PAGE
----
A proud native of the Second City, producer Jenny Lawton joined Studio 360 in 2007. Since then, she's produced the show's American Icons special on I Love Lucy, lots of stories in the Aha Moments series, and a portrait of the Japanese tea ceremony from Kyoto. She also serves as the managing editor of studio360.org and coordinates the show's internship program. Jenny started recording interviews as a Watson Fellow in India and Spain, researching the origins of flamenco dance. She cut her teeth in journalism at Chicago Public Radio, where she filed stories on culture, politics, technology, and the environment for WBEZ as well as NPR's Morning Edition and PRI's The World, among other programs. Jenny was awarded a USC-Annenberg/NEA Arts Journalism Fellowship, and lectures about radio and sound design at NYU and her alma mater, Kenyon College.
Sneak Preview: The Book of Mormon Decoded
Wednesday, May 25, 2011 - 06:00 AM
The Book of Mormon is the toast of Broadway (with 14 nominations for June’s Tony Awards) for its “charismatic” performances, “sublimely kitschy” choreography, and inspired use of poop humor (“blasphemous, scurrilous and more foul-mouthed than David Mamet on a blue streak”). But it’s also striking how the music carries the show — there's very little dialogue — propelling the story forward efficiently without missing an opportunity to be silly, artful, joyful.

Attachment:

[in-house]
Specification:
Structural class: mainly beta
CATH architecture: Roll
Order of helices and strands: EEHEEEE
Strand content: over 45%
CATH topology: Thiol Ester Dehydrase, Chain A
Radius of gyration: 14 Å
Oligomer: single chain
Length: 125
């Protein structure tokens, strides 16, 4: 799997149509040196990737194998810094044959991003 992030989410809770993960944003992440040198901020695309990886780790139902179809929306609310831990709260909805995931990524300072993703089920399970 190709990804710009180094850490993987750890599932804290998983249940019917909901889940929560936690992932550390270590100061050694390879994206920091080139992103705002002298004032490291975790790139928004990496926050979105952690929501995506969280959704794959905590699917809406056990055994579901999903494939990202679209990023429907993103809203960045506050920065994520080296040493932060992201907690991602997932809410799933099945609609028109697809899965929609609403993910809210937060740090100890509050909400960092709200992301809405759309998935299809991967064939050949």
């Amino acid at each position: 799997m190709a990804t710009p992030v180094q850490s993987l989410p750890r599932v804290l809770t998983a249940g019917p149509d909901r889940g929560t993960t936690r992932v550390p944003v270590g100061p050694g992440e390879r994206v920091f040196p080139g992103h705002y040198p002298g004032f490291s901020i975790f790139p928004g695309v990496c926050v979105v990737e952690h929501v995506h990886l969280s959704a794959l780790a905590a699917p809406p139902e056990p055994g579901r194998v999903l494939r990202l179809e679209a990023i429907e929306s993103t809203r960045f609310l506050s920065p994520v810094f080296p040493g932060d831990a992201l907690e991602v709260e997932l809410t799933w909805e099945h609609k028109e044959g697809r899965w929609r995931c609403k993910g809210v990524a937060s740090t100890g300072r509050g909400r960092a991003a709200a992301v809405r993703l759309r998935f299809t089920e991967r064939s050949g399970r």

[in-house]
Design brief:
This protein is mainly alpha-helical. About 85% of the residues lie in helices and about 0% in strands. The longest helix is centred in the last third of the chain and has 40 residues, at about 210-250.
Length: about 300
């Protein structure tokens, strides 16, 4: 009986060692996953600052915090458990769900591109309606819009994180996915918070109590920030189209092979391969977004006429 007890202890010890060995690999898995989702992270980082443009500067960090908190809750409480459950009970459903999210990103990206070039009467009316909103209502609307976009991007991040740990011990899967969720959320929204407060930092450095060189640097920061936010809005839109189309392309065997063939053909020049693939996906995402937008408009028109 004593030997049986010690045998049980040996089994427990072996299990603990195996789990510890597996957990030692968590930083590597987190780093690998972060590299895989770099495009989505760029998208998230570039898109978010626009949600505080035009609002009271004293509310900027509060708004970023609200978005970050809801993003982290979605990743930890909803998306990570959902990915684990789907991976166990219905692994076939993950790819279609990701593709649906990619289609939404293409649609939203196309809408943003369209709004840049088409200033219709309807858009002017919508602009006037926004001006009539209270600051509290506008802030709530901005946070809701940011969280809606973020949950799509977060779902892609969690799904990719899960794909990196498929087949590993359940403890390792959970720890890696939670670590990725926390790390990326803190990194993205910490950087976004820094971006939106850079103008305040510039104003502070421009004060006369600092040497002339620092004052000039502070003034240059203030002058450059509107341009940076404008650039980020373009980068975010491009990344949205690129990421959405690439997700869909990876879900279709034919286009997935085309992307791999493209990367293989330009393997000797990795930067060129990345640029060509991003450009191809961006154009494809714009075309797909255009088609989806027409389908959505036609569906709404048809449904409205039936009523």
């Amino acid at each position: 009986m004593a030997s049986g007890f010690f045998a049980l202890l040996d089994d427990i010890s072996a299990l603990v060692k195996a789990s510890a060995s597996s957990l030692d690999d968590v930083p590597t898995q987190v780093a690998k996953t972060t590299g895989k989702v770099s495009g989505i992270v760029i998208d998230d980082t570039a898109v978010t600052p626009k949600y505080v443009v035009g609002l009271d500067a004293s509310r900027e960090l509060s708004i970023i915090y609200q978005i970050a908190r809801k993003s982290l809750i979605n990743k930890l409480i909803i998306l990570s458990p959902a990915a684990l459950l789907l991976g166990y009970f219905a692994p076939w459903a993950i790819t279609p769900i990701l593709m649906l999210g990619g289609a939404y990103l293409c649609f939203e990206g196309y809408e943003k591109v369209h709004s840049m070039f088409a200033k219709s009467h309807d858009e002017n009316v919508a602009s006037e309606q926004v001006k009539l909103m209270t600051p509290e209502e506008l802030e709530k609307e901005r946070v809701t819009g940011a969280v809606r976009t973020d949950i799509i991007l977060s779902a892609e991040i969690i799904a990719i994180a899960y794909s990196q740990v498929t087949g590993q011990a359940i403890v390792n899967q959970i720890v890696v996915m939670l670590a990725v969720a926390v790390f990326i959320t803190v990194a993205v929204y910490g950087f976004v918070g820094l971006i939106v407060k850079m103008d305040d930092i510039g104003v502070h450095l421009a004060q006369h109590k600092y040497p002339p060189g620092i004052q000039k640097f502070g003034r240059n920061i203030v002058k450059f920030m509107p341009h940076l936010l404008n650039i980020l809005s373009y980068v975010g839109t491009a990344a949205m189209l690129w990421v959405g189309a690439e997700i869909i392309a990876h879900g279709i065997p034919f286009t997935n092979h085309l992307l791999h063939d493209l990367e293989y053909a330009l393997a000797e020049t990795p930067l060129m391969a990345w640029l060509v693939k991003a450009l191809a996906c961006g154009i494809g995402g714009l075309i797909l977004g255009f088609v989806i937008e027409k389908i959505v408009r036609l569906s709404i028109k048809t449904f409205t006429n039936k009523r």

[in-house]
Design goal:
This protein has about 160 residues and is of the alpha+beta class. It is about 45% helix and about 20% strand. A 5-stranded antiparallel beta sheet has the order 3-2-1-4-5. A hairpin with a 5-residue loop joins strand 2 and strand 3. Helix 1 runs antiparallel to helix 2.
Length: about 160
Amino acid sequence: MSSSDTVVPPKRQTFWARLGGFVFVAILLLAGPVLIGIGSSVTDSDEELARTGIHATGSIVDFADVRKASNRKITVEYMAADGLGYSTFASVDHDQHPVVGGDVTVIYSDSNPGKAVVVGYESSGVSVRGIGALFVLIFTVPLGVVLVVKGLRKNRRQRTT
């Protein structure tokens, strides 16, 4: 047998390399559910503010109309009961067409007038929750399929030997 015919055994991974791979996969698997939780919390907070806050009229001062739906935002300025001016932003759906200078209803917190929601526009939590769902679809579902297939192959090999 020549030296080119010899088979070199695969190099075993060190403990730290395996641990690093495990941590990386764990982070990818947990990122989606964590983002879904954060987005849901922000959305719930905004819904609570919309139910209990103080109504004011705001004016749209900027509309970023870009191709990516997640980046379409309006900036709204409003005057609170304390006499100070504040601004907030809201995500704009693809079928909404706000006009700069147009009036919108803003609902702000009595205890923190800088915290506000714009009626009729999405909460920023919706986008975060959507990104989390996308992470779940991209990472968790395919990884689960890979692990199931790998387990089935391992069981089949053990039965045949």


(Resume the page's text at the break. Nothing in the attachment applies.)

The genius of the score is that it's both a parody of the form and a stellar example in its own right. Trey Parker and Matt Stone teamed up with Robert Lopez, best known for Avenue Q, the longest-running R-rated puppet show on Broadway, to put the spring in their Mormons' steps. Lopez‘s signature blend of brash lyrics sung to sweet melodies accomplishes something remarkable: it makes Mormon both obnoxious and heartfelt.
Lopez came to the studio recently to talk with Kurt Andersen and noodle around on the piano — pure catnip for a musical theater fan. We'll broadcast the interview the weekend of the Tonys, June 12.
But here’s a preview: Lopez deconstructing “All-American Prophet,” which mashes up a disco groove with a Bible lesson. He explains how the song came to be and revives hooks previously lost to the cutting-room floor.
Listen to "All-American Prophet" performed by the Broadway cast:
The cast of the Broadway production of The Book of Mormon (Photo by Joan Marcus)